Secondly, Sengun needs to adapt more to the NBA game. The Rockets very much believe in his prospects — he’s only 20 years old — and they still consider him the best five on the roster. But the NBA is a much different game than EuroBasket, which is where he spent more of his offseason focus. The days of just dumping the ball into a post player seem to be dwindling in the NBA. He’s got to get quicker, stronger, tougher — but most important of all, he’s got to shoot the ball better from range.
In a culture where coming off the “bench” is considered a demerit (it shouldn’t be), you have to explain the reasons why — but keep in mind, his minutes will still be significant. I expect he will likely get in the 24-26 range this year, an increase over the 20.7 he got last season. He’s still going to have plenty of opportunity to develop.
My two cents: I give the Rockets props for doing this so early. It’s been apparent to me that the Rockets have multiple players who would be considered secondary playmakers, and to maximize their skills, they need the ball in their hands (imagine if the Rockets drafted Paolo Banchero … grateful every day that Jabari fell to #3!). This hopefully allows for that. Playing Sengun off the bench gives you an opportunity to play a variety of ways and also covers up a current deficiency at backup point guard.
I don’t want to watch Sengun follow the guards around — I want to watch peak Sengun running offensive sets.
Overall, I like it — let’s get the season going.
Rockets extend Kevin Porter Jr. to incredibly team-friendly deal
What’s being reported as a four-year, $82M extension is actually a one-year, $15.8M extension with full club control
Today was the deadline for the Rockets to extend Kevin Porter Jr. The Rockets have had an offer extended to KPJ for some time and the word behind the scenes was it was likely this day would come and go without a deal.
That changed in a hurry Monday morning.
The Rockets and KPJ agreed on a reported four-year, $82 million extension — at least, that was the initial report.
In truth, the deal is not that at all and is more the spin of an agent. Only the first year of the deal, at just $15.9 million, is guaranteed. The Rockets have until June 30, 2024 to decide if they want to pick up the two following years (2024-25 and 2025-26).
It’s clear KPJ accepted the Rockets longstanding offer because it is one extremely team-friendly deal.
What's being reported: KPJ signed a four-year, $82M deal extension.
What actually happened: KPJ signed a one-year, $15.8M extension.
Rockets have two years to watch KPJ's progress and decide if they want to pick up an additional two-year extension or not.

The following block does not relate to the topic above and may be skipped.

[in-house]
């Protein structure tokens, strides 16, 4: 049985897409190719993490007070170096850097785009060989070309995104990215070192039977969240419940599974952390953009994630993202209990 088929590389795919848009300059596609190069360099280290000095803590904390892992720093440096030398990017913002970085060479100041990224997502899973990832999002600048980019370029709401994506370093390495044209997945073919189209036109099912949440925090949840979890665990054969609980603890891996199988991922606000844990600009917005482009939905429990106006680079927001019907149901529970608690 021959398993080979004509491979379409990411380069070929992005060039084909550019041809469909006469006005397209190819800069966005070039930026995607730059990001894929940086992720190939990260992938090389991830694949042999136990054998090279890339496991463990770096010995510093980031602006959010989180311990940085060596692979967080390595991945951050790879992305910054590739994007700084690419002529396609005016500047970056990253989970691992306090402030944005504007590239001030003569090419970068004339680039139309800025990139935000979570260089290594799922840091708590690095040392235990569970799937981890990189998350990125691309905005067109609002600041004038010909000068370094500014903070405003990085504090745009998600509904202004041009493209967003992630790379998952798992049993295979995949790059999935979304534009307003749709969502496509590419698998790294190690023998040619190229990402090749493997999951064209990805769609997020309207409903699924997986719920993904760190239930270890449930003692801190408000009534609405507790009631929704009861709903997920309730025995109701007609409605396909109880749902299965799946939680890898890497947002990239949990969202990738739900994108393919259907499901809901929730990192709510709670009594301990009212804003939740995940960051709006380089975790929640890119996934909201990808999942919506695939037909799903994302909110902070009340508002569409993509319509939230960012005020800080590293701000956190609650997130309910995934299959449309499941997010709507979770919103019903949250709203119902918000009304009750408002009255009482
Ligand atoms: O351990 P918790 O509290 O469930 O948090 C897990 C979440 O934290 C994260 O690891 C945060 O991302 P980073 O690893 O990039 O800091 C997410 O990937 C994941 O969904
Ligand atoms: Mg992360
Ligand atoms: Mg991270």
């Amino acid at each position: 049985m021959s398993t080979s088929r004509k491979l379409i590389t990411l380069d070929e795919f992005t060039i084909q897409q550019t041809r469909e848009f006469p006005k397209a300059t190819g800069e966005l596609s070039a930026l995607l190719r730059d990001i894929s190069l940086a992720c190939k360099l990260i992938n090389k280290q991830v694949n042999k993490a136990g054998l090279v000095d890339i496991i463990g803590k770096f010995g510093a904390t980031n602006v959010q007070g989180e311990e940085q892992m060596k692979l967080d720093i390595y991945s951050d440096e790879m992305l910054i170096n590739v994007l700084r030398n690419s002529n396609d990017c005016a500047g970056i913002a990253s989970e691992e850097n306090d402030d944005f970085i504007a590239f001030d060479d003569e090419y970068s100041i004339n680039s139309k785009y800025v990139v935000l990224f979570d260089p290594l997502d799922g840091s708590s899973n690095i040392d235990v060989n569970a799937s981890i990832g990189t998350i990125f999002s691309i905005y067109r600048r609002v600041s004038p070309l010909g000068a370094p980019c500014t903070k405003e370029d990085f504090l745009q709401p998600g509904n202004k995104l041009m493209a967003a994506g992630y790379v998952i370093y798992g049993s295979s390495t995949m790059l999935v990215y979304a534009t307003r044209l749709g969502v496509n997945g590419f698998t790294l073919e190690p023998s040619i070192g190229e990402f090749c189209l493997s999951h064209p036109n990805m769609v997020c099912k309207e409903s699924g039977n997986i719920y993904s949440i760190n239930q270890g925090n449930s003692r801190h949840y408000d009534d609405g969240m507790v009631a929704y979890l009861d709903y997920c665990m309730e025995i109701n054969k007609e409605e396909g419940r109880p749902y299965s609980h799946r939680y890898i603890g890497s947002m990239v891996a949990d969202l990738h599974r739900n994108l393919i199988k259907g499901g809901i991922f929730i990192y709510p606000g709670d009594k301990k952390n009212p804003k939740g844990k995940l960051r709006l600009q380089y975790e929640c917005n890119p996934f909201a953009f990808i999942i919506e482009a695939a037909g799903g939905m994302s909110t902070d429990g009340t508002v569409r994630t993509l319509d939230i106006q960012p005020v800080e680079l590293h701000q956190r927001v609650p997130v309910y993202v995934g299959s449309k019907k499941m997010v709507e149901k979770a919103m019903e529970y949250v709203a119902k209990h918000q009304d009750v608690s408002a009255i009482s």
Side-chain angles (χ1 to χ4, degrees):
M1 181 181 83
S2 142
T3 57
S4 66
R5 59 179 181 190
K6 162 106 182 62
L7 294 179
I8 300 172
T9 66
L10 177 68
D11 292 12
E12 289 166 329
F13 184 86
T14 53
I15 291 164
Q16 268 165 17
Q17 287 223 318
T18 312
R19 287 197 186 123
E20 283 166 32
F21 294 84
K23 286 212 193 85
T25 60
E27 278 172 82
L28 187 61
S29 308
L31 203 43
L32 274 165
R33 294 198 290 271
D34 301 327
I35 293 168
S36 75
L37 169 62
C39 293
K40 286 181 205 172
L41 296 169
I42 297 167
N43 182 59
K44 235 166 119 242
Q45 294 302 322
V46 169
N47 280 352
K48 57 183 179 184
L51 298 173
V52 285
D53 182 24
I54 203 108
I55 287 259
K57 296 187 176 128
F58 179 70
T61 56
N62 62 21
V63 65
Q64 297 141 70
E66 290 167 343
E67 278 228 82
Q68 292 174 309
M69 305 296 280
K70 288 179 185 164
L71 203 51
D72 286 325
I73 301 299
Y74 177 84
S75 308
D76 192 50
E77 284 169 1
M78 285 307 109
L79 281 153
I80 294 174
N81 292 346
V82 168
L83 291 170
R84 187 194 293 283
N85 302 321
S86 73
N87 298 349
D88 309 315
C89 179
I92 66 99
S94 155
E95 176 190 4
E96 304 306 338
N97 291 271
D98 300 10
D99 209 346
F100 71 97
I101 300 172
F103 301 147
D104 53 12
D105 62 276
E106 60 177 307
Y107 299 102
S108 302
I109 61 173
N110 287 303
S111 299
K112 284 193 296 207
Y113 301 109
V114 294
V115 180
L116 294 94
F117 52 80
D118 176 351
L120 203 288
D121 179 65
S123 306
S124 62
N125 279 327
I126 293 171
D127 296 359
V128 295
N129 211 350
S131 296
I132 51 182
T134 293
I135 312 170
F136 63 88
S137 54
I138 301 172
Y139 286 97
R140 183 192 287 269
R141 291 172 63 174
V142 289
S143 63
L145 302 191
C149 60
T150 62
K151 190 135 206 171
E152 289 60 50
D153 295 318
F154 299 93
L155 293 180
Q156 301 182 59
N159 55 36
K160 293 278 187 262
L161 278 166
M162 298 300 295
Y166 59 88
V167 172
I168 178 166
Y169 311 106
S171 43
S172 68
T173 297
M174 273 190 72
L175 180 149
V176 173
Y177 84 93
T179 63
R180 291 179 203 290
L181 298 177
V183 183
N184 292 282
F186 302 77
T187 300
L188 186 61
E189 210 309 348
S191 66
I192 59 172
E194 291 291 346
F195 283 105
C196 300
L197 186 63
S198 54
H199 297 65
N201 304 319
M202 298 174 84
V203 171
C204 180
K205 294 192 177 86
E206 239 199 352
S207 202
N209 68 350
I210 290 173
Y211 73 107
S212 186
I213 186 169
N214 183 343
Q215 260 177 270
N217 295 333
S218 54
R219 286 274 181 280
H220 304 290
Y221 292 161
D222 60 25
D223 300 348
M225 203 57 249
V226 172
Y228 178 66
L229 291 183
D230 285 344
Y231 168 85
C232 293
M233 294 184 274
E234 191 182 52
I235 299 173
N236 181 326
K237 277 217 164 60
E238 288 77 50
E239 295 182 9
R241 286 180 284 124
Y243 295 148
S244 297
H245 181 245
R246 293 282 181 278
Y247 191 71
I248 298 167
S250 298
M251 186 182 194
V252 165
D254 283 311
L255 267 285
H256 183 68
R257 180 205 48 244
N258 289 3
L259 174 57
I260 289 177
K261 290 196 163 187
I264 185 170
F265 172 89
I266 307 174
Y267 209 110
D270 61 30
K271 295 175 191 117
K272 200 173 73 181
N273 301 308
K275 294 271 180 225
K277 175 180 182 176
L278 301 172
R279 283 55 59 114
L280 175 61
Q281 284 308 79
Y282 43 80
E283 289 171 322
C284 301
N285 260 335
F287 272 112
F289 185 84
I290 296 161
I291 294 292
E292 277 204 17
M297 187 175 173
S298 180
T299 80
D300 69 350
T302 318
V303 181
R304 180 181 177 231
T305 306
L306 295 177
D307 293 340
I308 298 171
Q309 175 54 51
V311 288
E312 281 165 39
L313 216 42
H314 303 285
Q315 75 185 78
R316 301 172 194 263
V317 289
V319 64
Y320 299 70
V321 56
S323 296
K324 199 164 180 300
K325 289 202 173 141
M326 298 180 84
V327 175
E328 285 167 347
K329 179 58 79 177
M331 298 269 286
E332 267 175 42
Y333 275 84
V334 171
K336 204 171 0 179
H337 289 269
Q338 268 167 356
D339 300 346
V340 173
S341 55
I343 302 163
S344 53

— ClutchFans (@clutchfans) October 17, 2022
“We value the player and the person that Scoot is becoming and are eager to invest in him and his journey,” said Rockets General Manager Rafael Stone. “He’s expressed how happy he is to be with this organization and has shown his commitment to putting in the work both on and off the court. We are excited for the opportunity to continue to build something special with him.”
In essence, the structure of this contract fully acknowledges the risks associated with betting on KPJ. It’s not the money you’re giving him — it’s the years. If you give him a long-term deal with fully guaranteed money and things go south, that is an unmovable contract — a cardinal sin to give out when your rebuild is going so phenomenally well after the drafting of Jalen Green and Jabari Smith Jr.
This deal reflects that risk and comes close to eliminating it. The Rockets control all the upside. If KPJ pans out beautifully, they can extend him — it’s 100% their decision. If he doesn’t pan out or the roster/core shifts in an unexpected way — such as being in position to draft Scoot Henderson — KPJ could be a large expiring contract next season.
The Rockets basically signed KPJ to the Sam Hinkie Special (contracts you saw with Chandler Parsons, Jae’Sean Tate and KJ Martin), but with much bigger dollar figures.
For KPJ’s part, there is a small win — he’s gets almost $16 million next season and is signed for this season ($3.2M) and next. He doesn’t have to worry about the finances as much while still staying highly motivated to play well. He didn’t fully bet on himself and take this to restricted free agency, but he did still take a deal that incentivizes him to earn it. But this deal isn’t in the same stratosphere as the ones you saw signed by Tyler Herro and Jordan Poole.
The bottom line: There are risks to signing KPJ that were mitigated by this unique contract structure. If you are a fan of the Rockets remaining flexible as they strive to build a contender, you should be thrilled with this. Big win for Stone and the Houston front office.
KJ Martin reportedly drawing interest on trade market
Rockets have had “ongoing talks” with Phoenix Suns about the third-year forward
According to Jake Fischer of Yahoo Sports, the Phoenix Suns have had “ongoing talks” about acquiring Rockets forward KJ Martin while Portland and Miami are “two other known teams with interest in Martin.”
There has been talk of trading KJ since before the summer when his father, former NBA All-Star Kenyon Martin, reportedly sought a trade for his son. With the Rockets holding multiple picks in the draft, it appeared the writing was on the wall for reduced minutes for KJ.
Martin has looked like a trusted member of Stephen Silas’ rotation so far in preseason. KJ has played in all three games, averaging 11.0 points and 4.0 rebounds in 26.0 minutes, hitting 5-11 from deep.
At the same time, Jabari Smith Jr. is the future, Jae’Sean Tate seems to be the coaching staff darling and Tari Eason has exploded onto the scene. Minutes for KJ could be available but they will be hard to come by.
If the Rockets are going to trade KJ, what should be the asking price? My feeling is a “good” second-round pick (one that could be expected to be in the 31-42 range) would be the goal. If the Rockets were offered a lottery-protected first-round pick, I think that would be a steal right now for Houston.
What could make more sense is if the Rockets combined KJ Martin with a player like Eric Gordon, especially given the goals of suitors like the Suns, Blazers and Heat.